Moore, Gordon Earle

Moore, Gordon Earle,

1929– American engineer, inventor, and entrepreneur, b. San Francisco, Ph.D. California Institute of Technology, 1954. He joined (1956) Shockley Semiconductor Laboratory, where he worked with William ShockleyShockley, William Bradford,
1910–89, American physicist, b. London. He graduated from the California Institute of Technology (B.S., 1932) and the Massachusetts Institute of Technology (Ph.D., 1936). After directing antisubmarine research for the U.S.
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, the co-inventor of the transistortransistor,
three-terminal, solid-state electronic device used for amplification and switching. It is the solid-state analog to the triode electron tube; the transistor has replaced the electron tube for virtually all common applications.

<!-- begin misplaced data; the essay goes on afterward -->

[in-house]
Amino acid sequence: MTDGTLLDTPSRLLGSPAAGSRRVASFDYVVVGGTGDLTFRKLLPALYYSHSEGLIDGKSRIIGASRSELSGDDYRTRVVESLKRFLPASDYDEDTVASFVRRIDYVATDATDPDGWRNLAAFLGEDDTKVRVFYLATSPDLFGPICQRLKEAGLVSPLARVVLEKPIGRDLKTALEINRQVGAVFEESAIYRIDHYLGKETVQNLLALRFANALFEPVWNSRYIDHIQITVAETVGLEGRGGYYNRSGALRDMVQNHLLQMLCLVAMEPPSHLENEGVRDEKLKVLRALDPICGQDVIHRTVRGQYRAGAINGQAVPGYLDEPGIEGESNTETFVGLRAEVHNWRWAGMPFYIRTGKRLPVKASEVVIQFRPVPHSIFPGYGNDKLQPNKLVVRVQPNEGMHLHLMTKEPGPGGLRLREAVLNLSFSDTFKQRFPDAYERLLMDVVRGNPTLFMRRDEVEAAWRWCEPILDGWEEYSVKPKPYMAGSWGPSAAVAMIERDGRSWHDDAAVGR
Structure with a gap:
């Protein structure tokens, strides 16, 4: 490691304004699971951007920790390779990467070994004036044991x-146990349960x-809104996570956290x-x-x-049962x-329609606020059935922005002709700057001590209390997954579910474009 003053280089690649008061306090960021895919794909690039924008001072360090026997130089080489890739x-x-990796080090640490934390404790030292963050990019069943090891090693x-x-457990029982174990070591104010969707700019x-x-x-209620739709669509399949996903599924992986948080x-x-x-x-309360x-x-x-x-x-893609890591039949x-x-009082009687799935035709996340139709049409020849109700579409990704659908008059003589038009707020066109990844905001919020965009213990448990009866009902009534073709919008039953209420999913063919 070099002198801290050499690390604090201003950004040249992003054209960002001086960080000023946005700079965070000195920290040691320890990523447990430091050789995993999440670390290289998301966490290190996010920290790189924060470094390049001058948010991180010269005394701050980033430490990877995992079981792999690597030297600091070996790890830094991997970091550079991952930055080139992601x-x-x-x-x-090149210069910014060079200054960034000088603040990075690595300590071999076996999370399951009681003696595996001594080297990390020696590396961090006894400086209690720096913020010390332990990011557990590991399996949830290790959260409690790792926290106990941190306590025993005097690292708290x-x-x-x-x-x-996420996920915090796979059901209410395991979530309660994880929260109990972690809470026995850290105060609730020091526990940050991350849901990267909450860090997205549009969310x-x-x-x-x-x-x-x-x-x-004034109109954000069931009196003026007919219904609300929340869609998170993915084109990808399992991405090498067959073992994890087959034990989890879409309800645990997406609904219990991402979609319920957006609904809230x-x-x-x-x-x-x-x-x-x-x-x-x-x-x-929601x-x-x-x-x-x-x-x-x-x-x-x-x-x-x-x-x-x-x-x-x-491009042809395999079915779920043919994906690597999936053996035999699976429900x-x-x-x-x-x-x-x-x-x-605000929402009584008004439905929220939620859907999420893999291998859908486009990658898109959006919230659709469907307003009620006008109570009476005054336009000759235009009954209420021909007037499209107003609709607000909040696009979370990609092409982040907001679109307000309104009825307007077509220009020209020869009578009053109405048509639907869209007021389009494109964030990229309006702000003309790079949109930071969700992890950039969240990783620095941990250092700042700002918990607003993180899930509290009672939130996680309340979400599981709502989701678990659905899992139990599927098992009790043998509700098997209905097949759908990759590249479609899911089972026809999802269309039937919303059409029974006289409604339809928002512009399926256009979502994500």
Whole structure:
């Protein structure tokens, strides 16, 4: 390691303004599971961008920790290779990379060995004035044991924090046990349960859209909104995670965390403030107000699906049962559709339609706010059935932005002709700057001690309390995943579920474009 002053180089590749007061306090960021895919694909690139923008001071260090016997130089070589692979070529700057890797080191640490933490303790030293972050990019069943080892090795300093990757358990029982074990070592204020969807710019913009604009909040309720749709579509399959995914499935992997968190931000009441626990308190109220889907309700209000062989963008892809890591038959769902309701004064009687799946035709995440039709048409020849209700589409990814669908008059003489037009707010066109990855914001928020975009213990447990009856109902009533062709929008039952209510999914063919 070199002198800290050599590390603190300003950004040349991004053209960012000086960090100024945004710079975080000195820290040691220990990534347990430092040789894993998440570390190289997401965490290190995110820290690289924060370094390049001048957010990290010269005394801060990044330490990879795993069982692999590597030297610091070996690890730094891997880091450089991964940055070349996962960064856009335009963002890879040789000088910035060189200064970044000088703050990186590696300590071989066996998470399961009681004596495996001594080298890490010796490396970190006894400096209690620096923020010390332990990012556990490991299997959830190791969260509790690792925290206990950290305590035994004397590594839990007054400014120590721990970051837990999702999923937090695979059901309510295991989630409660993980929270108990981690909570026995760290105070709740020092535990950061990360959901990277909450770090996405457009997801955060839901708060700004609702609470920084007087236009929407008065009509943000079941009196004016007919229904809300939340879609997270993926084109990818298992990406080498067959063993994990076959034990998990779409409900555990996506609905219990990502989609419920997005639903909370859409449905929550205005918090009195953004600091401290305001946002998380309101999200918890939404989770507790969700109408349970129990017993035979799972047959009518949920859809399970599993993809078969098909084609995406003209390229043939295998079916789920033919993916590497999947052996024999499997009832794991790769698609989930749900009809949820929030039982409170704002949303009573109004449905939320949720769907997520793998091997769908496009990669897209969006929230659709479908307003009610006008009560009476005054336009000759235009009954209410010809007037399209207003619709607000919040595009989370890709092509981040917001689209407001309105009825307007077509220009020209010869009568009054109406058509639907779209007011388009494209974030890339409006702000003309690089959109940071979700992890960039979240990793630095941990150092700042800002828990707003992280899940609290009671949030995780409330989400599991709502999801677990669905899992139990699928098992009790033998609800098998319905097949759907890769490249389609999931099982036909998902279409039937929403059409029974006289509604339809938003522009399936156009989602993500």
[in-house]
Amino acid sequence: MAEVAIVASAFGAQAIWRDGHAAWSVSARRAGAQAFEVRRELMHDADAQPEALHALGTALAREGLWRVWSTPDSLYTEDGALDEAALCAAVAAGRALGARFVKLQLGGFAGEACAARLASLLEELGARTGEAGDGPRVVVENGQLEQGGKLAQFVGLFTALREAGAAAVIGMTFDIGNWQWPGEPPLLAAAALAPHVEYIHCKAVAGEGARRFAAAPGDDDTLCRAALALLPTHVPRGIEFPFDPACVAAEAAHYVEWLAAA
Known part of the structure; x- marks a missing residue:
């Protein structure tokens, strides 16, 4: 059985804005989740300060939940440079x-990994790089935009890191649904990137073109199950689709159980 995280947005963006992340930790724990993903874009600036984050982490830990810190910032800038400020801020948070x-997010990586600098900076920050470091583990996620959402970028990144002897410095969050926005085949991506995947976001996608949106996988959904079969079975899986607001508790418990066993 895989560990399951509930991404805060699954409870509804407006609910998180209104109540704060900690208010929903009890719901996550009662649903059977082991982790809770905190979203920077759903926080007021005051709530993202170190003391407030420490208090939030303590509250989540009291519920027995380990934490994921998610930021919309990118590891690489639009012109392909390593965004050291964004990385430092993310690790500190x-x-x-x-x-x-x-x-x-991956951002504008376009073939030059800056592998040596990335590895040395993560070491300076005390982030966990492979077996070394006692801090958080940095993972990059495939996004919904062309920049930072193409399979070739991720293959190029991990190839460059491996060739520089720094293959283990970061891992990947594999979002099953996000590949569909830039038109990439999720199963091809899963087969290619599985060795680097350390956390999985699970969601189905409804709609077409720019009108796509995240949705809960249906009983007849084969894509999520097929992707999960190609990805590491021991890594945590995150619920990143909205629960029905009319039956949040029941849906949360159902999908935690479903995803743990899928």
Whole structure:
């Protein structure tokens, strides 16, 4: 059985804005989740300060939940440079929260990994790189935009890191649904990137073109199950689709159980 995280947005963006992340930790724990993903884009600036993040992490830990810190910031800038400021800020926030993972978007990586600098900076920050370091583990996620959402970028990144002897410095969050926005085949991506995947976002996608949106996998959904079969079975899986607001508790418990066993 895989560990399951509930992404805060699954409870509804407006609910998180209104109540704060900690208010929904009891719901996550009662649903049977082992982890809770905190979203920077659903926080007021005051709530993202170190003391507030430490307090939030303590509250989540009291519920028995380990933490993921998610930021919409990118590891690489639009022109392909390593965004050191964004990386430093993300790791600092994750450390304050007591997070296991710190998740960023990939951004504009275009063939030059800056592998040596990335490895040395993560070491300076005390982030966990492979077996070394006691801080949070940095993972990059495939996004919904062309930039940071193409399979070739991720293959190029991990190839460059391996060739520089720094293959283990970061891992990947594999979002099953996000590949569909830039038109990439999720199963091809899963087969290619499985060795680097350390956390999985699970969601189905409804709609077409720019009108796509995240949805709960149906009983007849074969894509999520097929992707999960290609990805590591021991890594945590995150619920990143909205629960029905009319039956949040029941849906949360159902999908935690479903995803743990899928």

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. In 1957 Moore was one of several cofounders of Fairchild Semiconductor, a transistor and integrated circuit manufacturer. He and Robert NoyceNoyce, Robert Norton
, 1927–90, American engineer, inventor, and entrepeneur, b. Burlington, Iowa.; grad. Grinnell College (B.A., 1949), Massachusetts Institute of Technology (Ph.D., 1953).
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 left Fairchild to become founders of (1968) Intel Corp., the semiconductor chips manufacturer; and Moore served as Intel's executive vice president (1968–75), president and CEO (1975–79), chairman and CEO (1979–87), and chairman (1987–97). In 1965 he formulated what was later dubbed Moore's LawMoore's Law,
a projection of semiconductor manufacturing trends made by Gordon E. Moore, cofounder of the Intel Corp., in a 1965 magazine article. He observed that the number of transistors per square inch on a microprocessor chip had doubled each year since the integrated
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, predicting that the number of transistors in an integrated circuit would double every 18 months. In 1975 he revised his observation of semiconductor industry manufacturing trends to project a doubling every two years.


See biography by A. Thackray et al. (2015).